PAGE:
Dec 13, 2012

Why the term ‘mummy bloggers’ should be banished

The term "mummy bloggers" -- much in the news of late -- is patronising and sexist, and should be consigned to the rubbish bin.

Jane Caro

Novelist, author and social commentator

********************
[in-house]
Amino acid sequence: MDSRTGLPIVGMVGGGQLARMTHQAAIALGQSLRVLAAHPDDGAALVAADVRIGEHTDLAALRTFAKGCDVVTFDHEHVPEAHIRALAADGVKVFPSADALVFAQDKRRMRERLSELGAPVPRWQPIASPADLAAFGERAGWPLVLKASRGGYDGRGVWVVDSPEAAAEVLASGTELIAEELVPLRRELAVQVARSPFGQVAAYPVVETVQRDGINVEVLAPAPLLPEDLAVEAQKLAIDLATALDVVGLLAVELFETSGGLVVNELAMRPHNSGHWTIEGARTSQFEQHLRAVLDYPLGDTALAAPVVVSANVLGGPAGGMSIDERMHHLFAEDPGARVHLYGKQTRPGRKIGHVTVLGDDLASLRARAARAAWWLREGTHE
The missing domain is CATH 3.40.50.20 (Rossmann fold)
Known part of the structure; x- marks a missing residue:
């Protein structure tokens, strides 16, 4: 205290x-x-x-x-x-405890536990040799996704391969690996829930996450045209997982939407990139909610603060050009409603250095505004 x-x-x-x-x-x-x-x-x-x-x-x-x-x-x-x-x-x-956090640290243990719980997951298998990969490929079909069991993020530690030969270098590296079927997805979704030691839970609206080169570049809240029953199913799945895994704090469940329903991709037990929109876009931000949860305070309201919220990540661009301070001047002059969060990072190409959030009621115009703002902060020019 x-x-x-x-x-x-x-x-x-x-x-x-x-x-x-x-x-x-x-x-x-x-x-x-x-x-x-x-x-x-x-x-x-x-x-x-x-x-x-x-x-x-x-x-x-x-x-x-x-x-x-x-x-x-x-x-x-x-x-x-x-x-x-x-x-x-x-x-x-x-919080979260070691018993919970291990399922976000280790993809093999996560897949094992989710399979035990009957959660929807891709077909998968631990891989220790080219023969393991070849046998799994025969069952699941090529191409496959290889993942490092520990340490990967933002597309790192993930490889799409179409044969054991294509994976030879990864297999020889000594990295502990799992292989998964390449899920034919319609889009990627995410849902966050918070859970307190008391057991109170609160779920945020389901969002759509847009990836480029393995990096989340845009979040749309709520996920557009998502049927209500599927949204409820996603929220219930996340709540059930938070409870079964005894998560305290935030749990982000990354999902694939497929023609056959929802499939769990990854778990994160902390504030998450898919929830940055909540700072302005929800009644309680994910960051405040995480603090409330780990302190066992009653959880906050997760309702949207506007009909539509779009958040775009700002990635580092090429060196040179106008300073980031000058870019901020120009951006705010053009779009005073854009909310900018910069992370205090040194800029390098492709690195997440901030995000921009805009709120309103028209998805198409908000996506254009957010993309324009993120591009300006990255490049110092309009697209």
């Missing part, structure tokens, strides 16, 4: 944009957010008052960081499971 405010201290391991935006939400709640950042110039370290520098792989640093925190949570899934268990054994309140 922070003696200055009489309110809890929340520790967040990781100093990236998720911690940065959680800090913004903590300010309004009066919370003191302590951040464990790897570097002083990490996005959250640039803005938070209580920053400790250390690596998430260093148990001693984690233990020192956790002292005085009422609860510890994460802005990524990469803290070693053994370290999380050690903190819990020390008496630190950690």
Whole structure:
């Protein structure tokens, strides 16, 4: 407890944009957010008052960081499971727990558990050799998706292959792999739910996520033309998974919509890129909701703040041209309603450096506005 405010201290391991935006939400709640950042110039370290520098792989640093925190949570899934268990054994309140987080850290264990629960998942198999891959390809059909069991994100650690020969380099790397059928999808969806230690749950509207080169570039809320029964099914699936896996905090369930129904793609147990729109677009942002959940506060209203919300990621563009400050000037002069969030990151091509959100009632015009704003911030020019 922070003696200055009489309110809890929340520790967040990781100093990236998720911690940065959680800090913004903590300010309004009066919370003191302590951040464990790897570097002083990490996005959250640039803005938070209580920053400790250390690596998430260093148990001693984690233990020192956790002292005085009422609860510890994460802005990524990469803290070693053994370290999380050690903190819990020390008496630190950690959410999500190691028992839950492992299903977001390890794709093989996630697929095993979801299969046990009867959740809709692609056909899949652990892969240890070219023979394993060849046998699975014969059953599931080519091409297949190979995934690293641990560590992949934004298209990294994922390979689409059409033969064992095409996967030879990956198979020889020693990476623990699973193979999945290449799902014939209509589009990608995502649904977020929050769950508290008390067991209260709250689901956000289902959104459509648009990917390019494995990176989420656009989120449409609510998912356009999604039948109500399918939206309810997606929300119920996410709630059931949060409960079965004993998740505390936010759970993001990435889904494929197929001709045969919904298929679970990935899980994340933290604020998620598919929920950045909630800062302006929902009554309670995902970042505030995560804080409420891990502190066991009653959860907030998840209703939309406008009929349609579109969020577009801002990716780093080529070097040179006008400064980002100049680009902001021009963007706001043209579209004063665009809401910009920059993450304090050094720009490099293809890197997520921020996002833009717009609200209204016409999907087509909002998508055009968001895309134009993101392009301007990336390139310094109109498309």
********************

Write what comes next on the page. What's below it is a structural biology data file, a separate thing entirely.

Apparently there are bloggers, and then there are "mummy bloggers". We were reminded of this recently when the Prime Minister hosted a bunch of them to drinks this week. Similarly, there are doctors and "doctors' wives". It is very important that poor unsuspecting readers and voters (and possibly medical patients) know the difference, especially if they are men. Otherwise they run the very real risk of taking the content of such blogs seriously or, in the case of the doctors' wives, the opinions of such citizens on their merits. If that happened they'd get infected with what the boys in my primary school playground used to call girl germs, and their p-nises (which is where men keep their brains apparently) would fall off. To avert such a national catastrophe, sensible non-mummy commentators have been outing such girl-germ-carriers at every opportunity. There may even be a case for Nicola Roxon to pass legislation forcing mummy bloggers and doctors' wives to be sold in plain packaging with graphic warnings about what can happen to unsuspecting men who get contaminated. You see, and this may shock you, these mummy bloggers write about their lives, and some of them attempt to make a little pin money doing so. Some people, usually other women, find what they have to say helpful and occasionally even amusing. Which is really weird because, as we all know, women have no sense of humour. Some female bloggers are not called mummy bloggers (just like some wives are not called doctors' wives) because they don't write about icky, girly things like bearing and bringing up children. They write about really super important things like budget surpluses and the latest poll results and whether Warney should be pre-selected for the Aussie cricket team even though he is 43. They may or may not be mothers but -- as all decent writers should -- they keep such irrelevant private nonsense to themselves. No one wants to stop the mummy bloggers from writing their fluffy little columns, it's simply that the rest of us need to be warned on approach. After all, there’s no bloody point having a ghetto -- even a pink one -- if you don’t let people know that its there. Oh, and also come up with ways of keeping the people who are in the ghetto inside it. Some have suggested walls and barbed wire, but so far name-calling seems to be doing the trick. The wives who are not called "doctors' wives" may or may not be married to doctors (just like the doctors' wives who are called "doctors wives", confusingly) but they are those good women who vote for the Liberal Party like their husbands and believe in turning back the boats and that marriage should only be something that those with p-nises can do with those without them. What is really causing concern amongst the self-appointed guardians of our media's public health is that some of these mummy bloggers are starting to make some serious money. They are attracting women whose entire purpose in life, as anyone in advertising can tell you, is to shop. This used to work beautifully when the money women spent shopping went to the men who owned the shops and ran the factories that made the stuff mummy shoppers bought, but that's not how it seems to be working any more. Now these damned mummy bloggers are making some of that money and that's just not right. Some of the men who used to make all the money out of mummy shoppers are feeling the pinch. DISCLAIMER: The author would like to make clear that this is meant to be a satirical piece and not to be taken literally. The views expressed are not actually those of the author, who believes that the term mummy bloggers is patronising, derogatory and s-xist (with a dash of misogyny thrown in for extra flavor). She believes bloggers should be described in non-gender specific ways like poet, cop, scientist, writer, author, nurse and teacher and that when we do otherwise, we categorise and diminish their work as we do when we talk of female poets, lady cops, female scientists, woman writers (or worse women’s writer) and male nurses. She also does not really believe men keep their brains between their legs. Well, not all of them, anyway. *This article was originally published at Women's Agenda